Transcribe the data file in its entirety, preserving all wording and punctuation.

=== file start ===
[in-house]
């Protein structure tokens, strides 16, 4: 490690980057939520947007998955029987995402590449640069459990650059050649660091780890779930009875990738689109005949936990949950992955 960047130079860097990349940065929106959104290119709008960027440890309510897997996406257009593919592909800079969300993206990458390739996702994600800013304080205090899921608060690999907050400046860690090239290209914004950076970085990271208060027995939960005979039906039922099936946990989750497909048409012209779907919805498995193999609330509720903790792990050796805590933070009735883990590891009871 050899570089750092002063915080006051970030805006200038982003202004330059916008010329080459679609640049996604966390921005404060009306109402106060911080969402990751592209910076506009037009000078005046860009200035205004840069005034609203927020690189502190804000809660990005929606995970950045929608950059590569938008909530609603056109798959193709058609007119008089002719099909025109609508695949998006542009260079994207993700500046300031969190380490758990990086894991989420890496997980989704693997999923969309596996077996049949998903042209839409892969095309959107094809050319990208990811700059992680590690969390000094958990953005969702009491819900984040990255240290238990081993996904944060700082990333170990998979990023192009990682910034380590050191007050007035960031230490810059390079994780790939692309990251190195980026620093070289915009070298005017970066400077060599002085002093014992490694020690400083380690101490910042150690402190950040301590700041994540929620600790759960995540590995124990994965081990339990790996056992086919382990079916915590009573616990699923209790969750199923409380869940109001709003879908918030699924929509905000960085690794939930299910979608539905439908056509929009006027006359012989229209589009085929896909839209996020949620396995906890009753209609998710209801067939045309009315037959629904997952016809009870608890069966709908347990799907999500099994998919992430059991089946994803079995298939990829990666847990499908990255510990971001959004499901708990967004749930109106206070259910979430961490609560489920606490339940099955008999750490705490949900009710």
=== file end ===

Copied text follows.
[in-house]
């Protein structure tokens, strides 16, 4: 490690980057939520947007998955029987995402590449640069459990650059050649660091780890779930009875990738689109005949936990949950992955 960047130079860097990349940065929106959104290119709008960027440890309510897997996406257009593919592909800079969300993206990458390739996702994600800013304080205090899921608060690999907050400046860690090239290209914004950076970085990271208060027995939960005979039906039922099936946990989750497909048409012209779907919805498995193999609330509720903790792990050796805590933070009735883990590891009871 050899570089750092002063915080006051970030805006200038982003202004330059916008010329080459679609640049996604966390921005404060009306109402106060911080969402990751592209910076506009037009000078005046860009200035205004840069005034609203927020690189502190804000809660990005929606995970950045929608950059590569938008909530609603056109798959193709058609007119008089002719099909025109609508695949998006542009260079994207993700500046300031969190380490758990990086894991989420890496997980989704693997999923969309596996077996049949998903042209839409892969095309959107094809050319990208990811700059992680590690969390000094958990953005969702009491819900984040990255240290238990081993996904944060700082990333170990998979990023192009990682910034380590050191007050007035960031230490810059390079994780790939692309990251190195980026620093070289915009070298005017970066400077060599002085002093014992490694020690400083380690101490910042150690402190950040301590700041994540929620600790759960995540590995124990994965081990339990790996056992086919382990079916915590009573616990699923209790969750199923409380869940109001709003879908918030699924929509905000960085690794939930299910979608539905439908056509929009006027006359012989229209589009085929896909839209996020949620396995906890009753209609998710209801067939045309009315037959629904997952016809009870608890069966709908347990799907999500099994998919992430059991089946994803079995298939990829990666847990499908990255510990971001959004499901708990967004749930109106206070259910979430961490609560489920606490339940099955008999750490705490949900009710």